He is one of Hong Kong’s oldest rags-to-riches billionaires, but although Dr Cheng Yu-tung (born in 1925) is retired and frail, his philanthropy will continue beyond his lifetime through the legacy of giving he is set to leave behind.
With an estimated net worth of $10.5 billion in 2015, according to Forbes, Cheng and family control one of Hong Kong’s largest conglomerates. Chow Tai Fook, one of their businesses, is Asia’s largest jewelry retailer, while New World Development has interests in real estate.
After fleeing Japanese-occupied China for Macau at the age of 15, Cheng started his career as a jeweler, working for the family friend who took him in. The friend, Chow Chi-Yuen, owned a gold shop called Chow Tai Fook. Cheng fell in love with his daughter and the couple moved to Hong Kong in 1946 to open up shop in the British colony.
The jewelry business prospered and Cheng started investing in real estate. New World Development, the conglomerate for his property and non-jewelry investments, was founded in 1970. By 2011 his empire spanned three generations, with holdings ranging from New York’s Carlyle Hotel, to highways and a chain of Ferrari dealers in China. Not forgetting Chow Tai Fook, the world’s largest jeweler.
Typical of many of Hong Kong’s rags-to-riches billionaires, Cheng is also known for his modest lifestyle and spirit of giving. Although he had always supported philanthropic projects in Hong Kong and mainland China, his charitable work was formalized by the establishment of the Chow Tai Fook Charity Foundation in 2008. The jewelry giant donated $219,000 to get it started.
The foundation announced that its main aim was to support charity programs in the field of education, disaster relief and aiding persons with disabilities. The first donation was for the assistance of poor students and orphans in provinces and cities such as Hubei, Liaoning and Tianjin.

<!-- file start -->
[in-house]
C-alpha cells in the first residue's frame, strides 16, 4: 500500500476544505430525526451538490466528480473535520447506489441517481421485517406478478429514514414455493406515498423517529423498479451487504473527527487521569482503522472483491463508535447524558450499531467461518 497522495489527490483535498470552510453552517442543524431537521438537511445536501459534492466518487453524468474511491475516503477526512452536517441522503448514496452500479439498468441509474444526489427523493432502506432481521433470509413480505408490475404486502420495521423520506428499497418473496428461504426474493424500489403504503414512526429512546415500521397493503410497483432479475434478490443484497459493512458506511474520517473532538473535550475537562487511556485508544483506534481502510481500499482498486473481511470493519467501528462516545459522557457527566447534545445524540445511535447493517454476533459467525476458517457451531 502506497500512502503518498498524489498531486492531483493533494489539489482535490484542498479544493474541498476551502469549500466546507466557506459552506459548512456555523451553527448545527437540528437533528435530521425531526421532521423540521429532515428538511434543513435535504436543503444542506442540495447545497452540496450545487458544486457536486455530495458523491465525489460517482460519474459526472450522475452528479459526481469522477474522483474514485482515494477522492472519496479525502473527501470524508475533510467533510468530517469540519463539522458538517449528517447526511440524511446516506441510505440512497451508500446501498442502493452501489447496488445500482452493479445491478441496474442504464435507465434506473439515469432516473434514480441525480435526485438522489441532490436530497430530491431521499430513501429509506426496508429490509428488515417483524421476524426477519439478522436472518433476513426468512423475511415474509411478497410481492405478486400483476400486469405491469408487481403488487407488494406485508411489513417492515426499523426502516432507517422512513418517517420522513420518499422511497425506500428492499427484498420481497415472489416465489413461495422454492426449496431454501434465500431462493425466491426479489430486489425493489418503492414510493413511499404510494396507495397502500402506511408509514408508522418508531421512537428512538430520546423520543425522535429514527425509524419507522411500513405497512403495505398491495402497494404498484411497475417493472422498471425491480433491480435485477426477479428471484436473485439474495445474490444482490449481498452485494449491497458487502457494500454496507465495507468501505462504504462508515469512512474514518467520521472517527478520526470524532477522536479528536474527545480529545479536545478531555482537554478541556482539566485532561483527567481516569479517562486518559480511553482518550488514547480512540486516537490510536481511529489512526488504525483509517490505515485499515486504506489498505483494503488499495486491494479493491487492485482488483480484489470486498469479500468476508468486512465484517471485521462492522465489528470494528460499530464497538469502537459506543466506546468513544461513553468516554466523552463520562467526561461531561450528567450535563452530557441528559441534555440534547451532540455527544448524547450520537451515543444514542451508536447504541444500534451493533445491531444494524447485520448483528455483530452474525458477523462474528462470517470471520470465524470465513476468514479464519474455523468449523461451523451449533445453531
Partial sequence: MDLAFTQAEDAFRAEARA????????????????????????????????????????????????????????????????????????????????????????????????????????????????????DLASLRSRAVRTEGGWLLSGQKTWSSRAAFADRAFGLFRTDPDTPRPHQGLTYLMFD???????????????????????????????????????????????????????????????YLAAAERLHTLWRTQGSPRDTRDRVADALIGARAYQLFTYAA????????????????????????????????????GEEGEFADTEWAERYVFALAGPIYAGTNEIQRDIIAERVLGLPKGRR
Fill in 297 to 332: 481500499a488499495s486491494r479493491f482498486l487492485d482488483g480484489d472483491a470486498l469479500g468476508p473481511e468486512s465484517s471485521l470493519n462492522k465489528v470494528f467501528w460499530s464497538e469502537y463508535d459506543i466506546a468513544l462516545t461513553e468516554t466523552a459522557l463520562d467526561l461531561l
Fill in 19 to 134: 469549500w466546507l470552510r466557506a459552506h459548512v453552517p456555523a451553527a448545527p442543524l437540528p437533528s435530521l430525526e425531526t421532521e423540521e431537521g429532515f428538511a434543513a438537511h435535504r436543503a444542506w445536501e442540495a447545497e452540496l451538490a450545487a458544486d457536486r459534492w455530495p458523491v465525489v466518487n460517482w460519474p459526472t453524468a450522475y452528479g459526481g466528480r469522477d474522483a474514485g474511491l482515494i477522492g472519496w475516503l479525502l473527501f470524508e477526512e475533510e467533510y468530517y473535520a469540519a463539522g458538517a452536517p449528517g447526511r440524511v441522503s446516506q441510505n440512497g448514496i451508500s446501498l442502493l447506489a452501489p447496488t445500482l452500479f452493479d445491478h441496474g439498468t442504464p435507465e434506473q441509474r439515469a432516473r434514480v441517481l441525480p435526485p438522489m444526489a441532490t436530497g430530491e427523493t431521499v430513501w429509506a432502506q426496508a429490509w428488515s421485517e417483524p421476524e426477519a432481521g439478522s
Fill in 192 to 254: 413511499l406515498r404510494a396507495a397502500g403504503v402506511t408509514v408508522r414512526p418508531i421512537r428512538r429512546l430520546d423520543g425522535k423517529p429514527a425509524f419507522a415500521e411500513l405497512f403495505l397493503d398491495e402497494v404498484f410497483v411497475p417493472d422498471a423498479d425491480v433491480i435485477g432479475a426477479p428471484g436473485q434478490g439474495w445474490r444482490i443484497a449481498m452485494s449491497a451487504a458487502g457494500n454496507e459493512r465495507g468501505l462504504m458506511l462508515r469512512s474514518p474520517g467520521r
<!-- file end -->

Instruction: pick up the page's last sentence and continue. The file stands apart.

According to a press release issued at the time of the establishment of the foundation, Chow Tai Fook had up to that point donated at least $132 million to charitable causes over the years. Beneficiaries included the United Nations Children’s Fund, General Administration of Sport in China, and the China Charity Federation.
By 2015 the Chow Tai Fook Charity Foundation had supported over 400 worthy causes with over RMB 1 billion (about $154 million) spent.
Cheng attended many money presentation ceremonies in person. In 2008 he donated HK$400 million (about $50 million) to the University of Hong Kong to support its campus development and the academic development of the Faculty of Law.
“I hope my donation can not only be beneficial for the future development of the Faculty of Law in nurturing local talents, but also contribute to the rule of law of our country and to its prosperity,” Cheng said at the presentation ceremony.
Two years later Cheng gave the university another $90 million for the construction of a research
and academic building. At this occasion in July 2010 he said his foundation is collaborating with the university because they seek a common mission in seeking innovation and social progress.
A month later the Chow Tai Fook Charity Foundation gave MOP 30 million (about $3.7 million) to the University of Macau Development Foundation in support of the residential colleges on the new campus of the University of Macau (UM). Once again, Cheng made a personal statement.
“Throughout our history of over 80 years, the Chow Tai Fook Group has always devoted significant resources to charitable causes in Hong Kong, the Chinese mainland and the neighboring region. Not only are we concerned about the needs of the underprivileged in society, we have also strenuously supported educational projects because of the high priority we place on the education of the next generation,” Cheng said.
He continued to say investing in education is particularly meaningful because it could help develop future leaders and contribute to the welfare of society. He expressed the hope that by creating a college setting with excellent facilities students can “stay focused on exploring the vast ocean of knowledge for the benefit of their community and country”.
Although he handed over the reins to his oldest son Henry in 2012, the Chow Tai Fook Charity Foundation has made it clear that the family’s philanthropic work will not end with Cheng.
“Looking forward, the Foundation will continue to contribute to the development of philanthropy in mainland China and Hong Kong by supporting schools, youth training and education, as well as disaster relief,” it has stated repeatedly.